apple pencil s pen Michael Simon/IDG

The Galaxy Note S Pen is dwarfed by the Apple Pencil.

For one, it’s always with you. Thanks to a small slot at the far right of the bottom of the phone, the S Pen is always just a click away, ready to be ejected and used at a moment’s notice. That probably won’t be the case with the iPhone. If Apple was adding a slot for a stylus on the next iPhone, that’s probably something we’d know by now, but it could still emulate the S Pen’s Note integration with a little Apple ingenuity.

First and foremost, it needs to be smaller. As it stands, the Apple Pencil is larger than most regular pens, and using it on anything smaller than the 9.7-inch iPad is awkward. The iPhone-compatible Apple Pencil doesn’t need to be quite as small and thin as the S Pen, but it does need to be much more holdable. Rumors have suggested that the Apple Pencil 2 might be receiving a pocket clip, which would help, but mainly it needs to be closer in size to an actual pencil than a giant paintbrush. And shedding a couple grams from its weight wouldn’t hurt either. Basically, you need to be able to carry it without thinking about it, and the current Apple Pencil is far from that.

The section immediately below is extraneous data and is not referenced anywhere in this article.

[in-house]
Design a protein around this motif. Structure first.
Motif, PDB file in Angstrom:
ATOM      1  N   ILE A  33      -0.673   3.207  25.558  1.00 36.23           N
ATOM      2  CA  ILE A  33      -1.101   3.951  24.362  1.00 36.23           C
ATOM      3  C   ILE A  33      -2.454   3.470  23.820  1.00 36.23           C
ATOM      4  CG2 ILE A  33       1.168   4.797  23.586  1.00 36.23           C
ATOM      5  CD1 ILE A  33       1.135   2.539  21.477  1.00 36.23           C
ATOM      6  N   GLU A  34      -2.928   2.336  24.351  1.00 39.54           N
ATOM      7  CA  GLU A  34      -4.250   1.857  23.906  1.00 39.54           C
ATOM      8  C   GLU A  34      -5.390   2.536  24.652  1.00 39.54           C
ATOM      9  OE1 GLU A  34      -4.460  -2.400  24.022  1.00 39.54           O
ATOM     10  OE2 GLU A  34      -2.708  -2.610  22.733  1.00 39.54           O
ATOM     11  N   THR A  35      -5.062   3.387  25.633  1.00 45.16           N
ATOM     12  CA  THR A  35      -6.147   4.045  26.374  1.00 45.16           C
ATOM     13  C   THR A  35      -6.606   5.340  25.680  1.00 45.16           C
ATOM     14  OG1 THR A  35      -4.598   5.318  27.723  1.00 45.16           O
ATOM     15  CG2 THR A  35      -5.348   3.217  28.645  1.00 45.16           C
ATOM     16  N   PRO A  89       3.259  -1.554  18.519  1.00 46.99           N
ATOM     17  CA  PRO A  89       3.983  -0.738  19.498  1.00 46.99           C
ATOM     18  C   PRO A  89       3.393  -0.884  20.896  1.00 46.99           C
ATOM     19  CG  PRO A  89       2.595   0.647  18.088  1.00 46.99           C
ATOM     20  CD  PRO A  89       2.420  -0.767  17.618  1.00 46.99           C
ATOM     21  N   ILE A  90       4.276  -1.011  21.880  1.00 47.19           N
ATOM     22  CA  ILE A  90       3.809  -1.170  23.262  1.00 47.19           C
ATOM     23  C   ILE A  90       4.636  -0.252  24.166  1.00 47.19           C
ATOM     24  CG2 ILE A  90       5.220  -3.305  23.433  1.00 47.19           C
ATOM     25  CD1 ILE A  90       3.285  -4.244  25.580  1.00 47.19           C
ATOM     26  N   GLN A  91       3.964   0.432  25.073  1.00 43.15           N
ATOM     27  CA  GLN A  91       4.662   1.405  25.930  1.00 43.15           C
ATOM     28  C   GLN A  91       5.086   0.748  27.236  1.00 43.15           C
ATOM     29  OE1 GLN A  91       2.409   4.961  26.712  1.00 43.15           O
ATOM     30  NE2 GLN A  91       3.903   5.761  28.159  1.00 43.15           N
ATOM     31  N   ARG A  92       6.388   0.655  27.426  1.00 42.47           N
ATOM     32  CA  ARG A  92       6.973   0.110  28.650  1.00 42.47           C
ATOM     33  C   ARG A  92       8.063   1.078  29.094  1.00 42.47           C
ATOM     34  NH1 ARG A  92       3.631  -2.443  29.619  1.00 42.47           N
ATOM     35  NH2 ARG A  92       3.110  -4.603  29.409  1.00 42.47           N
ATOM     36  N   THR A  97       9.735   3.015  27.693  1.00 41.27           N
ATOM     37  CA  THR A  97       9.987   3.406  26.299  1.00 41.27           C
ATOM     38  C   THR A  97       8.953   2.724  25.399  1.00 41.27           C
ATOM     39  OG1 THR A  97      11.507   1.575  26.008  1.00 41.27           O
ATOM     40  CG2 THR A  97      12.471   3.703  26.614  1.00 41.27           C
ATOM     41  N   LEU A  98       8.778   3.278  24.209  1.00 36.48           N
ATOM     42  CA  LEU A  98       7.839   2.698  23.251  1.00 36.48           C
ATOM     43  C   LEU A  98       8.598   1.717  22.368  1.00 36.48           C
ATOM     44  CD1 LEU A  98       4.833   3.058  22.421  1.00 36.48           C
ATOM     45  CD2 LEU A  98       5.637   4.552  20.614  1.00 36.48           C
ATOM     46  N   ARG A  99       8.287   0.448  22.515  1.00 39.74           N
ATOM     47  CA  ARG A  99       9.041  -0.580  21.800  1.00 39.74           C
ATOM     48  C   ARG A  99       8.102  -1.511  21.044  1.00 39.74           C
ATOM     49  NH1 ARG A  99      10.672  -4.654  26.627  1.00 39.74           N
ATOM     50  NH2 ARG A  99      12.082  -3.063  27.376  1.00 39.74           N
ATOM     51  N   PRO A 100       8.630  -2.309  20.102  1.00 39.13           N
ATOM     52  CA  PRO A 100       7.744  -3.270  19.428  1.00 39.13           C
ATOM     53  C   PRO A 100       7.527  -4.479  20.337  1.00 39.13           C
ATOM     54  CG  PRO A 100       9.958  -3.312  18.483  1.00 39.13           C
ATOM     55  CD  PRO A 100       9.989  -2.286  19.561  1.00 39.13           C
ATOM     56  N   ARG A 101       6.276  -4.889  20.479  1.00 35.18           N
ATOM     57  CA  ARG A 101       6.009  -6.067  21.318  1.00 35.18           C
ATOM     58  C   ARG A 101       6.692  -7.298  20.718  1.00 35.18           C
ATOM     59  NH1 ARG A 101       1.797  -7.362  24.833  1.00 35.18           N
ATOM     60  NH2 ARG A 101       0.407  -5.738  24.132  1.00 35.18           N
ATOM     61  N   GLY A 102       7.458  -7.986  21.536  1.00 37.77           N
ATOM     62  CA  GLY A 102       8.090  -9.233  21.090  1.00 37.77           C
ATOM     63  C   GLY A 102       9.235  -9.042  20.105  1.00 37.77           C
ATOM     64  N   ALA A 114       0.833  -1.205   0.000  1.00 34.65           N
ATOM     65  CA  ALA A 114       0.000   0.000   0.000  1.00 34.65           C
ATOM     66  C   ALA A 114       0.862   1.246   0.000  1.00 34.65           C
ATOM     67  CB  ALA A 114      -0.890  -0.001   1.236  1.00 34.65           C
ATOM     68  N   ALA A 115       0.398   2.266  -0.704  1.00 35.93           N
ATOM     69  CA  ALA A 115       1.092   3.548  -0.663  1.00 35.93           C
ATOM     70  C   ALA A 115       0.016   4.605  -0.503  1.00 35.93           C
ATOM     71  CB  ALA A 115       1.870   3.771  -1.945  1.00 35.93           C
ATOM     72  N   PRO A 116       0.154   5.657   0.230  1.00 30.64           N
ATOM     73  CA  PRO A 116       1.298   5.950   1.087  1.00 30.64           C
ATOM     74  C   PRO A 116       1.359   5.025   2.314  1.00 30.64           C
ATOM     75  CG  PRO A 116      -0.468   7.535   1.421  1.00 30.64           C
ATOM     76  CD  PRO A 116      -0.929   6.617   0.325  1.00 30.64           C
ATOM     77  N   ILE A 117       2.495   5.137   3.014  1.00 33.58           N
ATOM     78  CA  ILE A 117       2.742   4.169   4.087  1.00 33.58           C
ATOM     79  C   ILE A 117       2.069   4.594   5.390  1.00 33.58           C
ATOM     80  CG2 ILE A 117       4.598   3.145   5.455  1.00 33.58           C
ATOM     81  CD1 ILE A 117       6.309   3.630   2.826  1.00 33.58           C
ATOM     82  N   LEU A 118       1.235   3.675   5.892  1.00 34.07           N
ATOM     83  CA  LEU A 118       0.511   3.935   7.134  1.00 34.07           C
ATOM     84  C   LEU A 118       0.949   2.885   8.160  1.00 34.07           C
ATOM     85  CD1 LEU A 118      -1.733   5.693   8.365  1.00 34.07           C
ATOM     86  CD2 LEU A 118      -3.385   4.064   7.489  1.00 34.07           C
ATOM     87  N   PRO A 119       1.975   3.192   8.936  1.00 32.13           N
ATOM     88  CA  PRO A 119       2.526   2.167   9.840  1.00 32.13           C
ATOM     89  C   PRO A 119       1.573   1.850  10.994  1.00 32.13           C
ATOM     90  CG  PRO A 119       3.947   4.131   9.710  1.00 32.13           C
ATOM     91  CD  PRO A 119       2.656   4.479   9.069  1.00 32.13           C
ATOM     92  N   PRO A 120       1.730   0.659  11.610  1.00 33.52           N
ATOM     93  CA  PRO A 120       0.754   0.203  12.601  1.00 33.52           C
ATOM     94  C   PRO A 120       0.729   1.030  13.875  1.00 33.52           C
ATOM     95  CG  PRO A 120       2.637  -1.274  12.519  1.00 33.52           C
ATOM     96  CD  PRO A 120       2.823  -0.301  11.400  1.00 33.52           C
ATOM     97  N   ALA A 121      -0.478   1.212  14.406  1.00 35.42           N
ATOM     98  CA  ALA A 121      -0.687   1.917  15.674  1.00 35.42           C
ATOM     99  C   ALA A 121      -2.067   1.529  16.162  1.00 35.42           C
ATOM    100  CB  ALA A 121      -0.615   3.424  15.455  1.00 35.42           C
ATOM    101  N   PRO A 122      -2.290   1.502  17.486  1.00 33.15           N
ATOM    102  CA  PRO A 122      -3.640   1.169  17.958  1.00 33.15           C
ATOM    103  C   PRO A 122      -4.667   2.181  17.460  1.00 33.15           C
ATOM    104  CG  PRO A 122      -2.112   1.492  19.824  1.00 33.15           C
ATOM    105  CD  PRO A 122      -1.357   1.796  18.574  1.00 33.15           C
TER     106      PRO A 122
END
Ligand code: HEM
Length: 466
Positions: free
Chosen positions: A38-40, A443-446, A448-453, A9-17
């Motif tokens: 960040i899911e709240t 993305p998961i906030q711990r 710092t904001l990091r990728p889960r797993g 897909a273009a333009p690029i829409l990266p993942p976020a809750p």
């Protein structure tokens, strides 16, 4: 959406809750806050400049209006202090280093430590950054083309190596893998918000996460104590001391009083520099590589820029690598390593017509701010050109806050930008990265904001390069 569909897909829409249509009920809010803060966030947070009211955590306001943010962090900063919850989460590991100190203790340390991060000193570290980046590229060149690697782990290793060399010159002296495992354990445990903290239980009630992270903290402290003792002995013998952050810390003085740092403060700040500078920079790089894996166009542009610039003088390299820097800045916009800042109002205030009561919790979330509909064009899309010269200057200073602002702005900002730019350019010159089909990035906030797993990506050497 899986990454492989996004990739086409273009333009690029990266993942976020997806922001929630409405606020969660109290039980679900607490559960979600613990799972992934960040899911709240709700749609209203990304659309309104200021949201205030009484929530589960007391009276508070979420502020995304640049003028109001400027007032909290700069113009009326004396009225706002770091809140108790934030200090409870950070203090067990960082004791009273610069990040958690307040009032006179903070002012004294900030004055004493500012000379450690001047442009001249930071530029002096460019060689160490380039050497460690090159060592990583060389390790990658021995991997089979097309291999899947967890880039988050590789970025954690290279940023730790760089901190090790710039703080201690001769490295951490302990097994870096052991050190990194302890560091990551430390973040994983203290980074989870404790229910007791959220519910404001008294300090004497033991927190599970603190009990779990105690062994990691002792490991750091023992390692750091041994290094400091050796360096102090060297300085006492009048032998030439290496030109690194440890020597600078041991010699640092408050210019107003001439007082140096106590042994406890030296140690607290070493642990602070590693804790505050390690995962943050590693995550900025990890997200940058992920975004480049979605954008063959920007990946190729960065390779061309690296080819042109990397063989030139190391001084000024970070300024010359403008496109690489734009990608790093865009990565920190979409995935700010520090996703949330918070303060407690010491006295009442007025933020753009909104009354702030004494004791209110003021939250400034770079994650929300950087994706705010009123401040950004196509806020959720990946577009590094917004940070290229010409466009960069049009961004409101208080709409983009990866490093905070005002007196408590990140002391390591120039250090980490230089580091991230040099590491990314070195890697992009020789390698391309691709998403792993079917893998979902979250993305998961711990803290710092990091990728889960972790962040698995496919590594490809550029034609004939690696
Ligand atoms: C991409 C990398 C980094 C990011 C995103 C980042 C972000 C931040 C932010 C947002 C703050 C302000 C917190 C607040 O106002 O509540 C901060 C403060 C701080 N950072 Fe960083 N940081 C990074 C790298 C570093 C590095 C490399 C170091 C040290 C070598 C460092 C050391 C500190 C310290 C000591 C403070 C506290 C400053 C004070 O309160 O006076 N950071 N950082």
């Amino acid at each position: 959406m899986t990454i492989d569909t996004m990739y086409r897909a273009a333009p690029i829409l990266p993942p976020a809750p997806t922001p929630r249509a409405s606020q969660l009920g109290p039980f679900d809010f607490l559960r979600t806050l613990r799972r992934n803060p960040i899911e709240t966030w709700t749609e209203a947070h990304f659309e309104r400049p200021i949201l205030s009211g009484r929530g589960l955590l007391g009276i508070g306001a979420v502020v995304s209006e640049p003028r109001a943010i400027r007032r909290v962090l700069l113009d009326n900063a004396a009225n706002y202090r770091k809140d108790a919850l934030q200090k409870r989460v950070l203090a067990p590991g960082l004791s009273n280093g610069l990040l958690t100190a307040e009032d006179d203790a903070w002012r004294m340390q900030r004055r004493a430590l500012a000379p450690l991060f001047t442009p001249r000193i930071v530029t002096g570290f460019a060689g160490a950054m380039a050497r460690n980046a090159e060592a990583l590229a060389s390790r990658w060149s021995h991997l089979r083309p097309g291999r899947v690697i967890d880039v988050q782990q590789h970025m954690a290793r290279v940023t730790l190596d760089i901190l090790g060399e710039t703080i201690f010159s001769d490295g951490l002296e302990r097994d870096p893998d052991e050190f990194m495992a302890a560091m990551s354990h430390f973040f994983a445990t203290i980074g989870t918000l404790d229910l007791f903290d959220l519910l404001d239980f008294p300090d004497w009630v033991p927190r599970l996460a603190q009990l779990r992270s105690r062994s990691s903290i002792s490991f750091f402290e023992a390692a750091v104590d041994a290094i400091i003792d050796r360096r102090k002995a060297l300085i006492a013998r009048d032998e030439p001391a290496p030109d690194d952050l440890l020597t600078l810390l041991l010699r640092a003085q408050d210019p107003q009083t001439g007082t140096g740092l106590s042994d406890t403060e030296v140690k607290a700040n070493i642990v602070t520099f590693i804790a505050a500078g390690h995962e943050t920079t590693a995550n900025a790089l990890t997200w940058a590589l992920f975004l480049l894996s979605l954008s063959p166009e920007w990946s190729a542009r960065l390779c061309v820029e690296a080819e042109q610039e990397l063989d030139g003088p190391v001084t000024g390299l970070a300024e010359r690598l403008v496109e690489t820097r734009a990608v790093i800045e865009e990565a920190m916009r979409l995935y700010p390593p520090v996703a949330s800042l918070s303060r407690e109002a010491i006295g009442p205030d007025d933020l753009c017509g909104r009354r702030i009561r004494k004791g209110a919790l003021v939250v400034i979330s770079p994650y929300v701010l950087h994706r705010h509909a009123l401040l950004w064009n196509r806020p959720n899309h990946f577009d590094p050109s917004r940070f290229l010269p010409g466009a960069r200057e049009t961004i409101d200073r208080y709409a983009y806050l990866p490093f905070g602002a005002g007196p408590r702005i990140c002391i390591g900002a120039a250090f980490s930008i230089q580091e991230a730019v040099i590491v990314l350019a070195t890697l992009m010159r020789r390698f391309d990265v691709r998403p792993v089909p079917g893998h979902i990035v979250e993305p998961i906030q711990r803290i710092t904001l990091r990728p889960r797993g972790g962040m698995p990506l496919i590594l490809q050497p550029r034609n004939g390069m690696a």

More than just drawing

Even before it gained Bluetooth support, the S Pen was more than just a dumb stick, with full OS integration that triggered when ejected to recognize proximity and pressure, and activate S Pen-specific menus and actions. A perfect example of this is the Air Command menu. As soon as you eject your S Pen, a menu of options appears letting you create notes, translate and take screenshots with just a tap. Put the S Pen back and the menu disappears.

galaxy note 9 s pen Michael Simon/IDG

The Air Command menu lets you quickly perform a task and put your S Pen away.

Since Apple probably won’t be adding a slot to the new iPhone for Apple Pencil, this level of integration will take a new approach. While the Apple Pencil is currently designed for lengthy writing and drawing sessions on the iPad, Samsung understands that S Pen interaction on the Note will generally be much shorter than it is on a tablet. When I want to use the S Pen, I generally eject and reinsert it in under a minute mostly due to Samsung’s excellent on-screen support.